ACTS OF THE APOSTLES
After the uproar died down,
Paul called his disciples together to encourage them.
Then he said goodbye and set out on his journey to Macedonia.
He travelled throughout those regions and spent himself in speaking and encouraging them.
He finally arrived in Greece.
When he had been there for three months, he wanted to set sail for Syria,
but as the Jews were plotting against him, he decided to return by way of Macedonia.
When he was about to leave for the Asian province, some companions went with him,
Sopater, son of Pyrrhus, from Berea,
Aristarchus and Secundus from Thessalonica,
Gaius from Derbe,
Timothy, Tychicus and Trophimus from Asia.
So they went ahead and waited for us in Troas,
while we set sail from Philippi as soon as the festival of Unleavened Bread was over.
Five days later we joined them in Troas where we spent a week.
On the first day of the week we were together for the breaking of the bread,
and Paul, who intended to leave the following day, spoke at length.
The discourse went on until midnight, with many lamps burning in the upstairs room where we were gathered.
A young man named Eutychius was sitting on the window ledge,
and as Paul kept on talking,
Eutychius grew more and more sleepy, until he finally went sound asleep and fell from the third floor to the ground.
There they found him dead.
Paul went down, bent over him and took him in his arms.
“Do not be alarmed,”
“there is life in him.”
Then he went back upstairs, broke the bread and ate.
After that he kept on talking with them for a long time until daybreak and then he left.
As for the young man, they lifted him up alive and were greatly comforted.
We went on ahead to the ship and sailed for Assos, where we were to pick up Paul.
This was the arrangement since Paul intended to travel by foot.
In fact, we met him at Assos and taking him aboard, went on to Mitylene.
We sailed from there and arrived off Chios the next day.
A day later we came to Samos and the following day we reached Miletus.
Paul has decided to sail past Ephesus, so not to lose time in Asia,
for he was eager to reach Jerusalem by the day of Pentecost,
if at all possible.
From Miletus Paul sent word to Ephesus, summoning the elders of the Church.
When they came to him, he addressed them,
“You know how I lived among you from the first day I set foot in the province of Asia,
how I served the Lord in humility through the sorrows and trials that the Jews caused me.
You know that I never held back from doing anything that could be useful for you;
I spoke publicly and in your homes and I urged Jews and non-Jews alike to turn to God and believe in our Lord Jesus.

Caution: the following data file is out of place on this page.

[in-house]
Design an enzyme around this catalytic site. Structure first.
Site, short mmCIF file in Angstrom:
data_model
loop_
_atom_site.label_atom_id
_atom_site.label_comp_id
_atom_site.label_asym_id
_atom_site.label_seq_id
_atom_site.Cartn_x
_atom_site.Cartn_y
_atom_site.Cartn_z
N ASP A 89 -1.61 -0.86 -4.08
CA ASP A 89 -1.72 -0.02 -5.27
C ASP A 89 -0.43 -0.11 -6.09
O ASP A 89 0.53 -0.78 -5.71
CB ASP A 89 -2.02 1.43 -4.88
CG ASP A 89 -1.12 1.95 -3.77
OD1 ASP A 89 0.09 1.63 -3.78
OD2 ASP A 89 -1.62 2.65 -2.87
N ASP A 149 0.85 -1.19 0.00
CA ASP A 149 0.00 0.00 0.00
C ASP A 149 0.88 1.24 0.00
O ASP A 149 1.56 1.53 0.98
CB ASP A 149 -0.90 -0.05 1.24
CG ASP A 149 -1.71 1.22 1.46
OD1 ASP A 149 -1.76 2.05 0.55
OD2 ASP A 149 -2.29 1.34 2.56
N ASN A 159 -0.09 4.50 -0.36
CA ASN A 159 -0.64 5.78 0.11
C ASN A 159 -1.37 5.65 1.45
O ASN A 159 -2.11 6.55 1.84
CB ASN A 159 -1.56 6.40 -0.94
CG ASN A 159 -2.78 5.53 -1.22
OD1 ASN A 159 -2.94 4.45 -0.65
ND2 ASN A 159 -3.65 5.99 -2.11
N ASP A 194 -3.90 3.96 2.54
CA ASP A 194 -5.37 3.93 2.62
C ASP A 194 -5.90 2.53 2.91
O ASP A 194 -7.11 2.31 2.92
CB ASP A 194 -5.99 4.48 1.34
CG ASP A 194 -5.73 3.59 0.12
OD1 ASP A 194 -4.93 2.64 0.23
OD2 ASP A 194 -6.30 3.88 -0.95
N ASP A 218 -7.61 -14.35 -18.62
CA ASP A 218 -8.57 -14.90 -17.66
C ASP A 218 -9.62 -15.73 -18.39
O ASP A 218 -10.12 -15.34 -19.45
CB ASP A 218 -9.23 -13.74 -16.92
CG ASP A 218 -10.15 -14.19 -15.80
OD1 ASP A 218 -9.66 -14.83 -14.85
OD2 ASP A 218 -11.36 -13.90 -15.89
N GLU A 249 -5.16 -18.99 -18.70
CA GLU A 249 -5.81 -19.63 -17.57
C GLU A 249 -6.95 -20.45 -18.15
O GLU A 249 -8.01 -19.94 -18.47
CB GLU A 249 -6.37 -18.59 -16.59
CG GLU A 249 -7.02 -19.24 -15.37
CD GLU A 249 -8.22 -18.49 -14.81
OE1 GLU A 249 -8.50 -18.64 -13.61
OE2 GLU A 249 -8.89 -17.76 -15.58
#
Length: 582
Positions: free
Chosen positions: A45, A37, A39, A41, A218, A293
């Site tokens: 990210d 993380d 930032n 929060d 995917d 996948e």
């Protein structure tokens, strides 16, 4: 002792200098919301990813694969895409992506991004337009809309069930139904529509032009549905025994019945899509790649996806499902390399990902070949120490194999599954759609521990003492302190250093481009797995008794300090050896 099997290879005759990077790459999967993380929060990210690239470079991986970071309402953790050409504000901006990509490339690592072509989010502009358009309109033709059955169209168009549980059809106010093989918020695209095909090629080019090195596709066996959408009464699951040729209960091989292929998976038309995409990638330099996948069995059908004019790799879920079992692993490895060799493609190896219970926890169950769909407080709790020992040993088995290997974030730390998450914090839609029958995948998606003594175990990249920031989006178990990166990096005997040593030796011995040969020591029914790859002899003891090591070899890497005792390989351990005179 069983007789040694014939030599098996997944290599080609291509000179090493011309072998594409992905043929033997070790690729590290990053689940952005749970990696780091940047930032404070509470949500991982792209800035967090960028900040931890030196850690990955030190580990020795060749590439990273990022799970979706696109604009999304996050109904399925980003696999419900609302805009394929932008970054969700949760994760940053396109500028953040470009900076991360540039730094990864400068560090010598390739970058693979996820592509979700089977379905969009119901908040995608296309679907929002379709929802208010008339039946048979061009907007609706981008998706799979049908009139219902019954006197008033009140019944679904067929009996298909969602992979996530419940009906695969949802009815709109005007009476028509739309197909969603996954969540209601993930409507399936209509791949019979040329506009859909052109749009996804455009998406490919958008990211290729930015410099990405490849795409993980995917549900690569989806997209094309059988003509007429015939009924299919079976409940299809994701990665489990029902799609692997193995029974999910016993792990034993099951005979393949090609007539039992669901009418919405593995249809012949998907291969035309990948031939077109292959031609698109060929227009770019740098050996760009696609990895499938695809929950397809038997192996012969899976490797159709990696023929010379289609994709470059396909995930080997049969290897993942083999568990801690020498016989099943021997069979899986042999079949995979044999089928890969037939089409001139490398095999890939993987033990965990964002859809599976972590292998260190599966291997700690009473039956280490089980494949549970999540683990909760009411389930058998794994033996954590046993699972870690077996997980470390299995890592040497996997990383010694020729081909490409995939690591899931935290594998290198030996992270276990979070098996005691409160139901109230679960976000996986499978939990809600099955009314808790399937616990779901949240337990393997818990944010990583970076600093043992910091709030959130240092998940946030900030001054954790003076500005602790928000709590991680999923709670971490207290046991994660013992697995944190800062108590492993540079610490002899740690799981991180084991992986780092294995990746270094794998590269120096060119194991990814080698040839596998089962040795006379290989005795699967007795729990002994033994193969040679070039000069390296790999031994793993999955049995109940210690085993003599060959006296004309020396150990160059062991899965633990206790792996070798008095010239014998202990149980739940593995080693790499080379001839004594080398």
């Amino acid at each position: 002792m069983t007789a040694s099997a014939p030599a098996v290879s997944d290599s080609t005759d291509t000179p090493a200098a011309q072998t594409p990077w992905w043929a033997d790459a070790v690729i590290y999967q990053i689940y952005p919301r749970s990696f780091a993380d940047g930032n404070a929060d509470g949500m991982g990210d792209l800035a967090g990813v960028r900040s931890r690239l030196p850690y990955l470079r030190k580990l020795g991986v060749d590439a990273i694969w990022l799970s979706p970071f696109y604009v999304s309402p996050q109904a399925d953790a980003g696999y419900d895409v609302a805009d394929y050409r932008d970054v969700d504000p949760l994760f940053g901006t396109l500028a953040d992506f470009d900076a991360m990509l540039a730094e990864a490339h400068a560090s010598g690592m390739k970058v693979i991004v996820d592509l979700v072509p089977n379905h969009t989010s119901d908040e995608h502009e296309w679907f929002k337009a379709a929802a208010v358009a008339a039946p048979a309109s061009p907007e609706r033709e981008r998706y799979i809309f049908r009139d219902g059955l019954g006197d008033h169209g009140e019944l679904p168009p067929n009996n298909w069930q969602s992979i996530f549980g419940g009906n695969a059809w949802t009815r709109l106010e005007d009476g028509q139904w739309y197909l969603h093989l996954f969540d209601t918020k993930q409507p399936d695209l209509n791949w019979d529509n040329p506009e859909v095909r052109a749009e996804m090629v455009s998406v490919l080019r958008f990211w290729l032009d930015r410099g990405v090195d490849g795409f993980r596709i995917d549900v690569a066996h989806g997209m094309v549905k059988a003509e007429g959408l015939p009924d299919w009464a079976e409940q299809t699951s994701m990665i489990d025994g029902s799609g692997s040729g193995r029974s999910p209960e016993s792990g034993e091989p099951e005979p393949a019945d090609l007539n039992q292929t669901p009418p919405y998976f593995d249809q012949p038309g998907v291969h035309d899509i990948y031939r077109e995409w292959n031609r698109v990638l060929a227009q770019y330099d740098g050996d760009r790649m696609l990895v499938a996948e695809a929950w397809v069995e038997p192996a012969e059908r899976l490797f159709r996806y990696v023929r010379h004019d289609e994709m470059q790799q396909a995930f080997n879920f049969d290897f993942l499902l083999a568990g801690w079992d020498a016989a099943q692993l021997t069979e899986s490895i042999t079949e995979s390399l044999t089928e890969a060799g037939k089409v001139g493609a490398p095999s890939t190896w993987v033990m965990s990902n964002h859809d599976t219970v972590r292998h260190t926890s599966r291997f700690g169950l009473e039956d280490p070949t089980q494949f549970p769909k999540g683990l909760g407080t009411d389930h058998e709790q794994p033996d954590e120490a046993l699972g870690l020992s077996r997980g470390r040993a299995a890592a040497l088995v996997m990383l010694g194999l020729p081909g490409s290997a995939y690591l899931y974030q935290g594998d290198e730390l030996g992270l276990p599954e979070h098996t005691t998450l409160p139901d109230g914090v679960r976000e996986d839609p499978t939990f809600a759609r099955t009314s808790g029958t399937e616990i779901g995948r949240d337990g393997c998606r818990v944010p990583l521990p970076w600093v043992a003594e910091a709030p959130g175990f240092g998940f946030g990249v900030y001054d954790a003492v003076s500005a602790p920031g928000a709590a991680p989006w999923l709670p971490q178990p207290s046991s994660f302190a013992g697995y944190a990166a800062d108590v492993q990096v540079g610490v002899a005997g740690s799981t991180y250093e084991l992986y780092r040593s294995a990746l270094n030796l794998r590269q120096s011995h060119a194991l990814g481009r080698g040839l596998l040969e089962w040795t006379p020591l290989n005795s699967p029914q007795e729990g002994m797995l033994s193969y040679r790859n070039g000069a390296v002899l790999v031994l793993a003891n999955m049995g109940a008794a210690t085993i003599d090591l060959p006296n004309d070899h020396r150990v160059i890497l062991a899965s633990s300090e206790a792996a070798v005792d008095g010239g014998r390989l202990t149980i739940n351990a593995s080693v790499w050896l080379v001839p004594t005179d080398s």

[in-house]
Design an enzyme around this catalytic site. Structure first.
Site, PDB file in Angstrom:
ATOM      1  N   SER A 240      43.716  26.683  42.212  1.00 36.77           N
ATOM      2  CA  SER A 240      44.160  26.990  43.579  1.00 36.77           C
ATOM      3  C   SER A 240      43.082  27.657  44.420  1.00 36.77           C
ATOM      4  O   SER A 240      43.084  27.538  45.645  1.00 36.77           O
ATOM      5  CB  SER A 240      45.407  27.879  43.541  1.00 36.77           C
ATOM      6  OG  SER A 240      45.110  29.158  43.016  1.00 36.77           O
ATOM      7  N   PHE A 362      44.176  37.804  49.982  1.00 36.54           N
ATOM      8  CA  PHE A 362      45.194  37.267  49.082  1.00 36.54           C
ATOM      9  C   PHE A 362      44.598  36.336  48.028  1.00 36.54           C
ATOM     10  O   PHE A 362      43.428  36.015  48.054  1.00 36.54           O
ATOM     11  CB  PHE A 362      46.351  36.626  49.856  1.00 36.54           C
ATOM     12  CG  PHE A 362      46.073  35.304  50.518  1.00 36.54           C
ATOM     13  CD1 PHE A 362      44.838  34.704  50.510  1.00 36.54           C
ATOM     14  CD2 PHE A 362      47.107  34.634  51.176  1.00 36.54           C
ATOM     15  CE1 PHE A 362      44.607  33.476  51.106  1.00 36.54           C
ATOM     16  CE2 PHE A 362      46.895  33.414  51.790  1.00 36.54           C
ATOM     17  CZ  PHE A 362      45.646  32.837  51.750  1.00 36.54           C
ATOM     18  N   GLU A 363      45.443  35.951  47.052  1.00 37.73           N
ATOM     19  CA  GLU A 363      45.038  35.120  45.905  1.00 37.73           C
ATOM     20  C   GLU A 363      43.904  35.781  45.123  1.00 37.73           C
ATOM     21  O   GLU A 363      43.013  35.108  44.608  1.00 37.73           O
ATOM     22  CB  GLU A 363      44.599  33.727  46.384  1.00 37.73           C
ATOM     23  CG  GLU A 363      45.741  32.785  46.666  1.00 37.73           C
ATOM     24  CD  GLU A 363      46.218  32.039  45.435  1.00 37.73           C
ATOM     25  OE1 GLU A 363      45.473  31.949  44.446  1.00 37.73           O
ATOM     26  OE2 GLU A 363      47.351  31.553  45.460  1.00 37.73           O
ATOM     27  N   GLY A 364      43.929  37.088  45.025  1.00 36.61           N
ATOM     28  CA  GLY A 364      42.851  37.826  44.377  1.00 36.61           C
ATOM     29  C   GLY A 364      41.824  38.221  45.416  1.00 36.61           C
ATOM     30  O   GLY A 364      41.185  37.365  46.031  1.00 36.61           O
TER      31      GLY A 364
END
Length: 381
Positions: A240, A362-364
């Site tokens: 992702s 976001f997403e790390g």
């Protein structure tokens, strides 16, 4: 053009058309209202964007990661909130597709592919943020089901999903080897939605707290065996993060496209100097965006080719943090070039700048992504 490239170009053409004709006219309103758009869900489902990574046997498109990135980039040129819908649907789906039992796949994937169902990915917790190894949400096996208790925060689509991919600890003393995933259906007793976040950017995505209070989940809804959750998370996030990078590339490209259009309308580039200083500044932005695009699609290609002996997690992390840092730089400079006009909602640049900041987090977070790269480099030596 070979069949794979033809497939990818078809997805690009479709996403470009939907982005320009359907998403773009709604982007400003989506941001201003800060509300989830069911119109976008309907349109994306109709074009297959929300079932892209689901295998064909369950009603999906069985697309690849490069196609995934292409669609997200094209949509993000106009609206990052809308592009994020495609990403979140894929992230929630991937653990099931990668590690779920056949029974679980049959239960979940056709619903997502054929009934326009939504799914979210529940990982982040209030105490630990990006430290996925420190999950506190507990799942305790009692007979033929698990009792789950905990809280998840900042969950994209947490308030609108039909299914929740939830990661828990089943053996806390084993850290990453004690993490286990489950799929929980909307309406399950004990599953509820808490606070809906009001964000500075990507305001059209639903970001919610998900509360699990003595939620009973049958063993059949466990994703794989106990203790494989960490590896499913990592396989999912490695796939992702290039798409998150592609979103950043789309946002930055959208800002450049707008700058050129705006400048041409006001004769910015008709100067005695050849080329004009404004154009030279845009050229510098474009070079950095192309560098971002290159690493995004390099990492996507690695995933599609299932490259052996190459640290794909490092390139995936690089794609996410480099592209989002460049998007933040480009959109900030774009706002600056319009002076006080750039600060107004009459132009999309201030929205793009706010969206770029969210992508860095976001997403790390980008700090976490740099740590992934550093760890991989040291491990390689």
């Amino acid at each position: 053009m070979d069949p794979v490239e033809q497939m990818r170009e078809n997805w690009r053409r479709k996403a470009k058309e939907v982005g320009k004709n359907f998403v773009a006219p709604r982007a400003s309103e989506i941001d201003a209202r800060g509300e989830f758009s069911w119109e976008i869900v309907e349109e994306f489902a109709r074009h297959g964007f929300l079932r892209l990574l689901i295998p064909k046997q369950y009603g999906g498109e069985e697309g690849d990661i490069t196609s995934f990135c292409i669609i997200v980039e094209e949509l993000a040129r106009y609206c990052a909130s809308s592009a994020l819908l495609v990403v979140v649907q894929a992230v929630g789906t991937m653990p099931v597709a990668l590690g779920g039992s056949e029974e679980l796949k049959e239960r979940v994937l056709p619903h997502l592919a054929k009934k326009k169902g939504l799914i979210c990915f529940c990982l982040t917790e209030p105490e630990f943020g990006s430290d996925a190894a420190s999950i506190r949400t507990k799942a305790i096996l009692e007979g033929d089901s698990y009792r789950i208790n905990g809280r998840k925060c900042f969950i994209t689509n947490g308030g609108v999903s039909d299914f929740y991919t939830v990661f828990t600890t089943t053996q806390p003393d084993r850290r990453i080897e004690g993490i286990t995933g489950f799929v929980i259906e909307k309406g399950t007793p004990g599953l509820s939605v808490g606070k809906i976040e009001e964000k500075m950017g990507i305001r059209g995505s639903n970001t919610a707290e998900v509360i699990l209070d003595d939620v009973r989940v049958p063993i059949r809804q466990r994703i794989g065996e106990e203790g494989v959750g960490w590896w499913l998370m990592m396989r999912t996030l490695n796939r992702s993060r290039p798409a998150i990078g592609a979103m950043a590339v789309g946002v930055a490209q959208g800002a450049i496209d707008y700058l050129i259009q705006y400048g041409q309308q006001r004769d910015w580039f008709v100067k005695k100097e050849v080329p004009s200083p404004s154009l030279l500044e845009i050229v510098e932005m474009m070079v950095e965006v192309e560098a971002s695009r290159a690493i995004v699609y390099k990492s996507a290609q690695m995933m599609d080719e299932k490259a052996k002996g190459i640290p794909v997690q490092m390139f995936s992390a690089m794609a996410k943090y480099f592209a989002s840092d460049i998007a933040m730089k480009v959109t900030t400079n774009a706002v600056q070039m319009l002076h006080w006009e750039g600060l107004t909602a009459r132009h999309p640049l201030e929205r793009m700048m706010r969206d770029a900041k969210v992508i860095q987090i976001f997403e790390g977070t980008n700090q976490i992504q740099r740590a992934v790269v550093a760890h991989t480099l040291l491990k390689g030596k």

But now I am going to Jerusalem,
chained by the Spirit,
without knowing what will happen to me there.
Yet in every city the Holy Spirit warns me that imprisonment and troubles await me.
Indeed I put no value on my life,
if only I can finish my race and complete the service to which I have been assigned by the Lord Jesus,
to announce the good news of God’s grace.
I now feel sure that none of you
among whom I have gone proclaiming the kingdom of God
will ever see me again.
Therefore I declare to you this day that my conscience is clear with regard to all of you.
For I have spared no effort in fully declaring to you God’s will.
Keep watch over yourselves and over the whole flock the Holy Spirit has placed into your care.
Shepherd the Church of the Lord
that he has won at the price of his own blood.
I know that after I leave, ruthless wolves will come among you and not spare the flock.
And from among you, some will arise corrupting the truth and inducing the disciples to follow them.
Be on the watch,
remembering that for three years, night and day,
I did not cease to warn everyone even with tears.
Now I commend you to God and to his grace-filled word,
which is able to make you grow and gain the inheritance that you shall share with all the saints.
I have not looked for anyone’s silver, gold or clothing.
You yourselves know that these hands of mine have provided for both my needs and the needs of those who were with me.
In every way
I have shown you that by so working hard one must help the weak,
remembering the words that the Lord Jesus himself said,
‘Happiness lies more in giving than in receiving.’
After this discourse,
Paul knelt down with them and prayed.
Then they all began to weep and threw their arms around him and kissed him.
They were deeply distressed because he had said that they would never see him again.
And they went with him even to the ship.